Most transportation-related incidents occurred in three phases: 1,757 (36.5%) during unloading of a stationary vehicle or vessel, 1,212 (25.2%) while shipment was in route but not discovered until the vehicle or vessel stopped, and 1,045 (21.7%) during moving shipment. Although the largest number of incidents occurred while unloading a stationary vehicle or vessel, the largest number of transportation incidents with injuries occurred during a moving shipment (160 [60.2%]). Many of these moving vehicle injuries were a result of trauma from vehicle accidents or rollovers and not from chemical exposure. Most incidents occurred during ground transportation (4,092 [85.2%]). Railway transportation accounted for 378 (7.9%) incidents. Other incidents were related to chemical transportation by pipeline (167 [3.5%]), air (102 [2.1%]), and water (59 [1.2%]). Five incidents (0.1%) involved two different transportations modes (four rail and ground and one water and pipeline); mode of transportation was not recorded for 15 incidents.
Equipment failure was the most frequent primary contributing factor in fixed-facility incidents (4,224 [48.5%]). Specific factors cited most often for fixed-facility incidents were illicit drug production (807); improper filling, loading, or packing (509); fire (405); overspray/misapplication (298); and ruptured pipeline (233). Human error was the most frequent primary contributing factor in transportation incidents (67.5%). Specific factors cited most often for transportation incidents were improper filling, loading, or packing (1,960); forklift puncture (349); loose closure component or device (304); and vehicle or vessel derailment/rollover/capsizing (239).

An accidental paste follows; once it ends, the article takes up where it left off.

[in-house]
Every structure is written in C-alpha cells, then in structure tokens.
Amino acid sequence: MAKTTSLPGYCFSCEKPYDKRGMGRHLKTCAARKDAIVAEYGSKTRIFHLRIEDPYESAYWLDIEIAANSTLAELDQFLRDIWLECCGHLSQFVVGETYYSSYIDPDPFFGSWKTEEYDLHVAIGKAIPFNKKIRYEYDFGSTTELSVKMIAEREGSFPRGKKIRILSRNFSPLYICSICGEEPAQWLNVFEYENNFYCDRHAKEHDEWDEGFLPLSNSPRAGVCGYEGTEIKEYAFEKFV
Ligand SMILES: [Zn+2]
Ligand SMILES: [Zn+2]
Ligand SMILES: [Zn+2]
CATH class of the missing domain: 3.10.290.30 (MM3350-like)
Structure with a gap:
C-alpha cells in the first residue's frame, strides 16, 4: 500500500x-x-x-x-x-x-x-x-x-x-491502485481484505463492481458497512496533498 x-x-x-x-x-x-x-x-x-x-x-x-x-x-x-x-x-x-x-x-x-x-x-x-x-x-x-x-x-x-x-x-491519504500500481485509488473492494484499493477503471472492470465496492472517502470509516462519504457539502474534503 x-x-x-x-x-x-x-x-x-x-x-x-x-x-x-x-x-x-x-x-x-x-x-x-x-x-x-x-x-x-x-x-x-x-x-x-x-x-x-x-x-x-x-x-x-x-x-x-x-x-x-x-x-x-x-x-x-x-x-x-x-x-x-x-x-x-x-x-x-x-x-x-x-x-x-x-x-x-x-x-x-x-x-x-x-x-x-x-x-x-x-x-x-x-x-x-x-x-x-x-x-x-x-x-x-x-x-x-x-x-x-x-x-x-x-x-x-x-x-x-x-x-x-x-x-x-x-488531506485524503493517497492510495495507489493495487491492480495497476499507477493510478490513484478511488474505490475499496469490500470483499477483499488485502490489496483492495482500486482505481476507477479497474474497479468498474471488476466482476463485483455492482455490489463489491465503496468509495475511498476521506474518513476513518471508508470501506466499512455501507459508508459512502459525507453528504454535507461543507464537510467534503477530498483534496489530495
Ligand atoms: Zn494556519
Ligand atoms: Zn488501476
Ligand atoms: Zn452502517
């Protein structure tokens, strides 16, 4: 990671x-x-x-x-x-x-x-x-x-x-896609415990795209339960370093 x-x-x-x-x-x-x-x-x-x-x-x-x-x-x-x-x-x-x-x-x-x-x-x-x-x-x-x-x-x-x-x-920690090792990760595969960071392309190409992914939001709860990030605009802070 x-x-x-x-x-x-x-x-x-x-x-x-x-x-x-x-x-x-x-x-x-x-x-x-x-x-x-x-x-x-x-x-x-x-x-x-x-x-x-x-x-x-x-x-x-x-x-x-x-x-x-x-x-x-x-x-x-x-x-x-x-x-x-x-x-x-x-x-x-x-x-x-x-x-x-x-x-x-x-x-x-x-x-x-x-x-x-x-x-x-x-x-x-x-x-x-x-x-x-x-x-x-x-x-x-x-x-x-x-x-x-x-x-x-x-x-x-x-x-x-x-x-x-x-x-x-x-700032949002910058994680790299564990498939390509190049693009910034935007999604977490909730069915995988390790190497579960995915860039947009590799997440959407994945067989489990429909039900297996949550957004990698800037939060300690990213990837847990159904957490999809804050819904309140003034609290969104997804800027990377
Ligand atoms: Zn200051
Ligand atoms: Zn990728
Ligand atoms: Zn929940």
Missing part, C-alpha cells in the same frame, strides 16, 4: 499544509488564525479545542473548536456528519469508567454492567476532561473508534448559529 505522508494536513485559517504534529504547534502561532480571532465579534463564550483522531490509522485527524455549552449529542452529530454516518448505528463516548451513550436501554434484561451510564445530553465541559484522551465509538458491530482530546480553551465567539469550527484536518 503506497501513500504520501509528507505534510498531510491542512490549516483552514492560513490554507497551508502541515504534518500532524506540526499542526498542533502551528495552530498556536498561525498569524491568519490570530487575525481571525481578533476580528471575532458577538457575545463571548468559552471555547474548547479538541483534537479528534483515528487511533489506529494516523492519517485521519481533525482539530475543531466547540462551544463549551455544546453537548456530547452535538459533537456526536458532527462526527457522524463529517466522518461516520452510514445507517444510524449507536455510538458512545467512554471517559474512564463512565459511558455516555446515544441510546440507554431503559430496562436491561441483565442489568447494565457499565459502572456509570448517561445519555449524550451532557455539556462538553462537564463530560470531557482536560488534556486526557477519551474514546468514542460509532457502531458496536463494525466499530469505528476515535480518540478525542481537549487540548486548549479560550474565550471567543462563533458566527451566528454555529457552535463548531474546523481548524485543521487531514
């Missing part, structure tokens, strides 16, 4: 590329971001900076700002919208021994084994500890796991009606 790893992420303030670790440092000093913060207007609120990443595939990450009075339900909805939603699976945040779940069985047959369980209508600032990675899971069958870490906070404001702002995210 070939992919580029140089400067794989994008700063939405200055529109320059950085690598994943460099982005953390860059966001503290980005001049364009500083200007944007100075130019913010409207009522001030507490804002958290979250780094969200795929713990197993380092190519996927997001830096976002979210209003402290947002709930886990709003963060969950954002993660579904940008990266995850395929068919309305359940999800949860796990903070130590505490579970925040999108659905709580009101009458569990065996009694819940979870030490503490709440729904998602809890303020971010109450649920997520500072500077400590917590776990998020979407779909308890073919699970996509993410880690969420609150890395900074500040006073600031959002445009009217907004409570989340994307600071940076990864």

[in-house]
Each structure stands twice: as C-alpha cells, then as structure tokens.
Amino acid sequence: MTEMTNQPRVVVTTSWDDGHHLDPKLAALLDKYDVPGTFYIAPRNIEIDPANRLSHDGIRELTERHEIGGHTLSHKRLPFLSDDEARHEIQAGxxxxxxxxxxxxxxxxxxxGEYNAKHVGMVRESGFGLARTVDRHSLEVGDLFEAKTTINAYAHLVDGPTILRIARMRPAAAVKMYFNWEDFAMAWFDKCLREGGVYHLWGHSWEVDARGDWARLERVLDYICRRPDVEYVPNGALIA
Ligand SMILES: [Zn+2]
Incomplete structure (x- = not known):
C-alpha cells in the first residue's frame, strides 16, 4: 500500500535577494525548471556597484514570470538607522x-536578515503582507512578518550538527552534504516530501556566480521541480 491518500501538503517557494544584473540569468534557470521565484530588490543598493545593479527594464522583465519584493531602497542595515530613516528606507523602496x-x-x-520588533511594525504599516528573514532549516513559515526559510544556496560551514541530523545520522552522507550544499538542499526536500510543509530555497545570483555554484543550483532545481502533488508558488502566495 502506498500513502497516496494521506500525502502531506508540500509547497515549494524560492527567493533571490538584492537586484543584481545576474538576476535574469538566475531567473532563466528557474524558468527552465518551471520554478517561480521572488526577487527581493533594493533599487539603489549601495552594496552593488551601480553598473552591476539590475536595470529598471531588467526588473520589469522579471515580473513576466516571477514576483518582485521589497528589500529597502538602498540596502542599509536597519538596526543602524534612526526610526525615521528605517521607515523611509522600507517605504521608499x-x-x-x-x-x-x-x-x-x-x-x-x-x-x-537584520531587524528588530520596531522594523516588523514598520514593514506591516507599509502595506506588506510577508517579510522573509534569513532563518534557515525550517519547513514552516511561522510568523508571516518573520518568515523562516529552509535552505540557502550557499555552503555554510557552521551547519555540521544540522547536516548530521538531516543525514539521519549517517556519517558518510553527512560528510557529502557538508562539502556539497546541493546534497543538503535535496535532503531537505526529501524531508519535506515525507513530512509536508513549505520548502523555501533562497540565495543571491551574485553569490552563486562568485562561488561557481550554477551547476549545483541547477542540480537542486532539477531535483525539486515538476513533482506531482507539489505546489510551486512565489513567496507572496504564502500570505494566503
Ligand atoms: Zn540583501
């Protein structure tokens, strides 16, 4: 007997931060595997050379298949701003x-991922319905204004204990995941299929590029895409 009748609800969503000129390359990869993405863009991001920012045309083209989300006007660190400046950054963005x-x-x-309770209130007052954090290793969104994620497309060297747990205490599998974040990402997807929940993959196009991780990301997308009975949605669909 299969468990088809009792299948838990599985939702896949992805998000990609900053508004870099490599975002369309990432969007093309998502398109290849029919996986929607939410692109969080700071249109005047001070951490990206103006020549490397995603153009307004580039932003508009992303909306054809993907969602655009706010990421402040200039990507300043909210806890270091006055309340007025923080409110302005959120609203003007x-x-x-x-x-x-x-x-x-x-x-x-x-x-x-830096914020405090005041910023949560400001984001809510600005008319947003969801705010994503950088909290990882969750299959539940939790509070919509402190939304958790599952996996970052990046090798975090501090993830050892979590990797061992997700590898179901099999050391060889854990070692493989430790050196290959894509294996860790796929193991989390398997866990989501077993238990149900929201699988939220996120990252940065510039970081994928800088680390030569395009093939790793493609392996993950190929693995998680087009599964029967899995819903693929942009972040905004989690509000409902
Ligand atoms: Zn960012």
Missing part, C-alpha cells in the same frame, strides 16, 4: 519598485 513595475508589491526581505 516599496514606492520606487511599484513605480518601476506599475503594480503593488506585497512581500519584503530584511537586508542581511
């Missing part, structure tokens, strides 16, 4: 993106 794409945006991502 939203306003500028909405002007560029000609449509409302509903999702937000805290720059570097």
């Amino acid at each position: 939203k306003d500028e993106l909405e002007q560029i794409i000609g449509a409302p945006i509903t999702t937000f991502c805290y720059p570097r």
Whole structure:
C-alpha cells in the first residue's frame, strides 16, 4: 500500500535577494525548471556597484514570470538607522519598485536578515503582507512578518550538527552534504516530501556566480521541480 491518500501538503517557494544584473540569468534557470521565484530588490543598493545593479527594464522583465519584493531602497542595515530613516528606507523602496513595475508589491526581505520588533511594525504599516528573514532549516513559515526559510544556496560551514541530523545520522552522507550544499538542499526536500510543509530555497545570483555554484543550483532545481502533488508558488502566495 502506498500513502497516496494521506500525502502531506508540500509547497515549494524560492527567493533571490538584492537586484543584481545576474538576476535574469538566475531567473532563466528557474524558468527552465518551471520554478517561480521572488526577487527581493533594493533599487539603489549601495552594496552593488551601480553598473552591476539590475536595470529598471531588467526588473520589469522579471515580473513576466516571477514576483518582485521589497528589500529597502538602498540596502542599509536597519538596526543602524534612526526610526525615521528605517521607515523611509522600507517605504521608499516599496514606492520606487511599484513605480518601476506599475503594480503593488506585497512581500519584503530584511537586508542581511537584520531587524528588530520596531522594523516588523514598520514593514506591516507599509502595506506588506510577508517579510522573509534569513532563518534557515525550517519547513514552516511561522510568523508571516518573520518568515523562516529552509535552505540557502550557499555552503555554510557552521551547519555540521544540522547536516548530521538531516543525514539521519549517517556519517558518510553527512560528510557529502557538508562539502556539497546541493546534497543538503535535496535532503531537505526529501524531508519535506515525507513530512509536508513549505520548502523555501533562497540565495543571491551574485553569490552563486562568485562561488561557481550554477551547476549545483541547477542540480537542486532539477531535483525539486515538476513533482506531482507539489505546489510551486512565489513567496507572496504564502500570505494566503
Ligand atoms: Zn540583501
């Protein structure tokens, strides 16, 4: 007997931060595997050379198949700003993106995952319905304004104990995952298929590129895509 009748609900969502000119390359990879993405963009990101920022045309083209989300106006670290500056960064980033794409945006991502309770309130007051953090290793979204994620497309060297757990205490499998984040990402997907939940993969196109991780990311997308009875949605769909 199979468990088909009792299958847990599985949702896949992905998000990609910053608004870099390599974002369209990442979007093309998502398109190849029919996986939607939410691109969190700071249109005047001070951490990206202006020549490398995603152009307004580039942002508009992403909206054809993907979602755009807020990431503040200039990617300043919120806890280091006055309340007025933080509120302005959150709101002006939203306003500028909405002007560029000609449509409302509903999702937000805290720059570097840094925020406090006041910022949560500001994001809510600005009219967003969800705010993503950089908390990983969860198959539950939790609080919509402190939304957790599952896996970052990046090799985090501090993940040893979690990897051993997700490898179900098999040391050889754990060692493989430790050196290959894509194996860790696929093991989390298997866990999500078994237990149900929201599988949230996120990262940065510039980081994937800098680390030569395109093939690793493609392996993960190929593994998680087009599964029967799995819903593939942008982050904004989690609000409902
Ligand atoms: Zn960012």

Human error resulted in 2,141 (41.7%) injured persons: 1,818 (39.1%) of 4,650 persons injured in fixed-facility incidents and 323 (66.7%) of 484 injured in transportation-related incidents. Equipment failure was involved with 1,871 (36.4%) injured persons: 1,798 (38.6%) for fixed-facility incidents and 73 (15.1%) for transportation-related incidents.
The majority of incidents (9,694 [71.7%]) did not have a secondary contributing factor. Among incidents for which a secondary contributing factor was reported, equipment failure (1,574 [11.6%]) was most frequently listed. The most frequently reported areas with vulnerable populations within 0.25 mile were residences (10,996) and daycare centers (1,701).
Of the 8,711 incidents reported in fixed facilities, 7,990 (91.7%) involved a single chemical. Natural gas (14.1%), carbon monoxide (8.4%), illegal methamphetamine production chemicals (6.9%), and ammonia (6.7%) were the chemicals primarily involved in fixed-facility incidents (Table 3).
Of the 4,818 transportation-related incidents, 4,689 (97.3%) involved a single chemical. Alkaline hydroxides (sodium hydroxide or potassium hydroxide) accounted for the highest percentage of transportation-related incidents (10.2%), followed by sulfuric acid (5.5%) hydrochloric acid (4.8%), and natural gas (3.4%) (Table 4). Most injuries involved a single chemical incident (4,761 [92.7%]), and most fatalities were from a single chemical incident (175 [92.1%]).